... Oh, and by the way, anyone who's been to the Trafford Centre recently will probably have noticed retailers aren't exactly queueing up to fill the vacant units.

Jonathan SchofieldNovember 2nd 2009.

Jinkies I'm a tour guide as well as editor on this fair site. On evening tours I avoid Market Street because without people or traffic it looks a dump, pure and simple. King Street, especially now it has so many empty units, is not as overbearingly threatening but I don't want to take nice people from Scandinavia (for instance) through it after 7pm as it looks a mess and it feels lifeless. We are used as a society to varied street movement whether that be through horse and carriages in the past or motor vehicles. Pedestrianisation only works when there are pedestrians. Without pedestrians it looks desolate. Anyway we're going to do a full article questioning whether 24 hour pedestrianisation has had its day putting both sides of the argument.

mark mNovember 2nd 2009.

i actually thought that you could drive up it at night. bollards go up at 10 in the morn and are down at night? mayne i am mistaken

suzy aNovember 2nd 2009.

Anyone thought that maybe opening the shops later might encourage people? The reason many people choose to go to the Trafford Centre is the free parking and late night opening. There are some shops on King Street that consider late night opening 6pm! They should pick up some trade though once the Christmas markets open.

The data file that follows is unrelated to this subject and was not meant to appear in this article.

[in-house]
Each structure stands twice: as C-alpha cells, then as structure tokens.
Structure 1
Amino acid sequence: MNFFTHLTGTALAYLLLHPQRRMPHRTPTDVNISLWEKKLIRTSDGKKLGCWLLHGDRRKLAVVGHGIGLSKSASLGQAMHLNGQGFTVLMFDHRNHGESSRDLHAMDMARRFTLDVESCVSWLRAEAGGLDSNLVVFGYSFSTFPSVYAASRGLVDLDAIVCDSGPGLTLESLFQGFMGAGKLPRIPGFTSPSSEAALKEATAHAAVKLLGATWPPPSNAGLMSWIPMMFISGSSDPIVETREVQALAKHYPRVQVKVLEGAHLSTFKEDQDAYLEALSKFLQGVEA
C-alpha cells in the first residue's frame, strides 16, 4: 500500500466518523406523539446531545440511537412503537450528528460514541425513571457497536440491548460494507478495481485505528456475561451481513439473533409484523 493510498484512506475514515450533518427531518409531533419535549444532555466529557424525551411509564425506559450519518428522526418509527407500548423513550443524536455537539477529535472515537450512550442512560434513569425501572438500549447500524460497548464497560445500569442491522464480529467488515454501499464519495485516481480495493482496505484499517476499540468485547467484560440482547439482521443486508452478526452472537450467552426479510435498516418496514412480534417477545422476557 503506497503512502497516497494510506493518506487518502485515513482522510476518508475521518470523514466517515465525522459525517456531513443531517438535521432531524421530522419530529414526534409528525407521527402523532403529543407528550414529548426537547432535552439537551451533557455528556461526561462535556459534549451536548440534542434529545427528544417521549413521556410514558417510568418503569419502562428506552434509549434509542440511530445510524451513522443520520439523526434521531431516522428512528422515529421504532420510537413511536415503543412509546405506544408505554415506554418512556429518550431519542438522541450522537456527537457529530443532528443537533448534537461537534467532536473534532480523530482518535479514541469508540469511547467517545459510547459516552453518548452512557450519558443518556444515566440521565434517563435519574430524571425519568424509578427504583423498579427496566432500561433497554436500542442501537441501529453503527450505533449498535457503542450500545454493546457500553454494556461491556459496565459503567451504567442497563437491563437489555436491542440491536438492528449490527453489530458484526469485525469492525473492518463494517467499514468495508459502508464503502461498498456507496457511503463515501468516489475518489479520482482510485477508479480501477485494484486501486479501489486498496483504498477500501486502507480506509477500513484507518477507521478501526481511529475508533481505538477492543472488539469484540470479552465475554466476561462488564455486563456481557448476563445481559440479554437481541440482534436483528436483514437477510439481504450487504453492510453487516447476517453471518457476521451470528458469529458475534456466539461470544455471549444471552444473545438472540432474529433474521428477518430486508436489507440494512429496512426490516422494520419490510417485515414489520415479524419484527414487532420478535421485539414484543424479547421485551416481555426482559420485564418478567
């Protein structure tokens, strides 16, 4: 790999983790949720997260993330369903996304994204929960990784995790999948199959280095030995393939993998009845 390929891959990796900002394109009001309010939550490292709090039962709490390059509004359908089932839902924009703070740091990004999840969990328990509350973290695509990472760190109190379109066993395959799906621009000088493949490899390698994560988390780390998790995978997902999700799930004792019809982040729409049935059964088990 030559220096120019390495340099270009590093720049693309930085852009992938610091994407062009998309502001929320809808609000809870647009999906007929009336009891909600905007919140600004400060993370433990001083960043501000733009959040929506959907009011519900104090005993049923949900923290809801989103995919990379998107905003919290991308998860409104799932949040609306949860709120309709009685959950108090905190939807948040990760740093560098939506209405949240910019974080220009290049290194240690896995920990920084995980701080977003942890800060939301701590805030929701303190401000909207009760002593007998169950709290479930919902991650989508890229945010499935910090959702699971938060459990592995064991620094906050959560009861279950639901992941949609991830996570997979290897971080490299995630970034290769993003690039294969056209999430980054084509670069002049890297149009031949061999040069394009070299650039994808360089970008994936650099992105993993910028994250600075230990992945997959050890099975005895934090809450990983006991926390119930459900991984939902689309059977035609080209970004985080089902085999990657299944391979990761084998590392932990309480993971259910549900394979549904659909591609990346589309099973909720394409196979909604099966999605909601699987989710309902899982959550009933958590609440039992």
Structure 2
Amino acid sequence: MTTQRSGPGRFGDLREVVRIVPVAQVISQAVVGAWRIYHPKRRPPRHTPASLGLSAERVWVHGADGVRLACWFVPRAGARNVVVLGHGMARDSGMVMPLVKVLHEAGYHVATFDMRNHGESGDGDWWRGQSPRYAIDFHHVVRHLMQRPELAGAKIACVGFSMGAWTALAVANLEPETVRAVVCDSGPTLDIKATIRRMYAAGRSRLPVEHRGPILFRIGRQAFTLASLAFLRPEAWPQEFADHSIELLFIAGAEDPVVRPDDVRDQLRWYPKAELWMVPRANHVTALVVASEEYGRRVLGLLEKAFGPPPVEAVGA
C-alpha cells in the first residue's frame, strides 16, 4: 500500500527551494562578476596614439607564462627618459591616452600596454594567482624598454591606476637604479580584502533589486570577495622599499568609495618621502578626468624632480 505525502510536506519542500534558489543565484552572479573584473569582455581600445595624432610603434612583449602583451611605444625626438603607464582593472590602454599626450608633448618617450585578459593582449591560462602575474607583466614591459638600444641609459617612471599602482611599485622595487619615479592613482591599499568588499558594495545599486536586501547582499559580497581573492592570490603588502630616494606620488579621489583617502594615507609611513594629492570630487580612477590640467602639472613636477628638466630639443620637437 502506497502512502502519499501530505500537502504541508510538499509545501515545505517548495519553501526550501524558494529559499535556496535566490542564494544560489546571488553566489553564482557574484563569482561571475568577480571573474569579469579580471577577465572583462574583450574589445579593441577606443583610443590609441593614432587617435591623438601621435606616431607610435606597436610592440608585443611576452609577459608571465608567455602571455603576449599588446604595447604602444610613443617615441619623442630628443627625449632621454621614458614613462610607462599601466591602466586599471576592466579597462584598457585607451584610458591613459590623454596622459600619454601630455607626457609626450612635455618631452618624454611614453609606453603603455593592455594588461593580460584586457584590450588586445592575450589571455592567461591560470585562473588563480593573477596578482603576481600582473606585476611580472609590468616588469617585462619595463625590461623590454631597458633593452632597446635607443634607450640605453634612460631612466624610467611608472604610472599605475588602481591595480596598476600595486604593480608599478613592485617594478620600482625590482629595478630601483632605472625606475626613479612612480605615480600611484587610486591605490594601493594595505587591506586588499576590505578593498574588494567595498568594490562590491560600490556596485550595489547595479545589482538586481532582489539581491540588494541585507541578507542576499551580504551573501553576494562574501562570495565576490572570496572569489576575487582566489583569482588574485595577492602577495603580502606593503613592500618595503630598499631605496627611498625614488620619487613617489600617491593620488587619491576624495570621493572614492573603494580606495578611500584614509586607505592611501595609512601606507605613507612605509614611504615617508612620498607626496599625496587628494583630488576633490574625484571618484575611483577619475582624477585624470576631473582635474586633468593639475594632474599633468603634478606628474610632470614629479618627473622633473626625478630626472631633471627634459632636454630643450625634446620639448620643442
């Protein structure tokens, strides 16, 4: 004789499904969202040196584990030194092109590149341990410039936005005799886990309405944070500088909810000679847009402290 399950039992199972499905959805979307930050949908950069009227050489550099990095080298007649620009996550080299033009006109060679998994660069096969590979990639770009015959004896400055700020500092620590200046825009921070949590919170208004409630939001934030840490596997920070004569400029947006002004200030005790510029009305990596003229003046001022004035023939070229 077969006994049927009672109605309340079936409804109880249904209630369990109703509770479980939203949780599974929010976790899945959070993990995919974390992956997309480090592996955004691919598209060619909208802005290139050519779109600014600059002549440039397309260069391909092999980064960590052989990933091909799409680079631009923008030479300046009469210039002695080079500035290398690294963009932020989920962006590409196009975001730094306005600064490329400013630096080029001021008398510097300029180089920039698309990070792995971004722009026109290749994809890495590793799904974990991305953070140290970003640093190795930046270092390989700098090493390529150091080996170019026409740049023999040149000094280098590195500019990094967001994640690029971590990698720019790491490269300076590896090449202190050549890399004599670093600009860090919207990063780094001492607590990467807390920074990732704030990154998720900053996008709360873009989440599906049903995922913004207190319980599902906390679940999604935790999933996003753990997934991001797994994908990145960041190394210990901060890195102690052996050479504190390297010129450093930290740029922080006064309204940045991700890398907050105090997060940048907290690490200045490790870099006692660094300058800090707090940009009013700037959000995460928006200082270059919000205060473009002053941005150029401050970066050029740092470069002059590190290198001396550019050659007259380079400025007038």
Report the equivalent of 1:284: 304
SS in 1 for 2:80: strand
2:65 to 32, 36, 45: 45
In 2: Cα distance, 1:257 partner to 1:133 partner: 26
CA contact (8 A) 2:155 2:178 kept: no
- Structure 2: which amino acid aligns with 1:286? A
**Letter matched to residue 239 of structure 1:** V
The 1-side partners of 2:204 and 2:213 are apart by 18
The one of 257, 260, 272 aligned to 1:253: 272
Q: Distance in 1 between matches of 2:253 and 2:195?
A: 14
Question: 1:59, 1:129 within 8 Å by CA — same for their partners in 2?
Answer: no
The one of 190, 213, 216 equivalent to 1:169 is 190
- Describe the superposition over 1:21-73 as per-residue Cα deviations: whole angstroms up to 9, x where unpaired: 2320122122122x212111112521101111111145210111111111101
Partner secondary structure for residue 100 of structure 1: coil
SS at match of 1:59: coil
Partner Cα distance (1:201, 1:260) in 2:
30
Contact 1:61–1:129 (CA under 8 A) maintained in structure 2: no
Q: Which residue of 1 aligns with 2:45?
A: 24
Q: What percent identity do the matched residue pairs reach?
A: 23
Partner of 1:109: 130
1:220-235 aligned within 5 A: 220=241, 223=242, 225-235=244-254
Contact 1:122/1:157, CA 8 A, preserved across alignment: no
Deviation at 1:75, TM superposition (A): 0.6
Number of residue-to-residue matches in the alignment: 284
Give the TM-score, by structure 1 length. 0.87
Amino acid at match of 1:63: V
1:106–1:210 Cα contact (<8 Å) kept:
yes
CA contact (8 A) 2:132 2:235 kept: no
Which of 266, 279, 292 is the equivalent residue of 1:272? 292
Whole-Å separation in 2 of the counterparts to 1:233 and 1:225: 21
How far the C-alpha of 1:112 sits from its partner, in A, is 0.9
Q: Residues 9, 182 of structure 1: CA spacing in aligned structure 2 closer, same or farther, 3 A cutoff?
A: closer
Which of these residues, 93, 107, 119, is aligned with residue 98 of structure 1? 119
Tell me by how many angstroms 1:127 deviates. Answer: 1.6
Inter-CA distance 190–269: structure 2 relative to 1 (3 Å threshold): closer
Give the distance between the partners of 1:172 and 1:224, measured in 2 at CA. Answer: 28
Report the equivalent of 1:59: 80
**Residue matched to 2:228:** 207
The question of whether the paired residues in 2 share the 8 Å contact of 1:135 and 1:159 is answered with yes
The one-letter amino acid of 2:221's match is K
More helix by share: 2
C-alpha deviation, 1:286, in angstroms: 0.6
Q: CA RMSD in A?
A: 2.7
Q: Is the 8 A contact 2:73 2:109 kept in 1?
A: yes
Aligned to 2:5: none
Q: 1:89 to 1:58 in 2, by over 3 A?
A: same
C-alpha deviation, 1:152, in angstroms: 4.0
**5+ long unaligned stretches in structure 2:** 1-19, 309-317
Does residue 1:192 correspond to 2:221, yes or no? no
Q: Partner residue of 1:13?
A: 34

AnonymousNovember 2nd 2009.

Obviously the piece was about KingStreet South but has developed sensibly into a discussion about shopping.But why only Manchester. Why are Leeds and Liverpool so different in providing secondary shops of all sorts. And what about London centres. Can anything be learnt from them.

Peanut headNovember 2nd 2009.

Scoteee that is SO true about the wobbly pavements ha ha! Walking down from Piccadilly to work is a minefield of wobbly paving slabs!

Cool KidNovember 2nd 2009.

Down with King Street, glitz, glamour and designer clothes... instead I scour racks and racks of jumble in a tiny basement shop in a piss filled back alley off Oldham Street to buy loads of vintage items for a total of £7. Then I wear them all together with something that I customised myself in my parents summer house. I look like a cross between Nathan Barley and my dead gran. I look great when I go round the NQ don't I.

roseNovember 2nd 2009.

only ostriches think that old traditional shopping will return...run down city centres are a worldwide phenomenon...maybe people need to dine out, party in, socilaise more? that way they will need the fancy clothes, furniture, tableware etc that the old high-end shops used to provide...but todays slop around over sloppy fast food does not need an expensive lifestyle...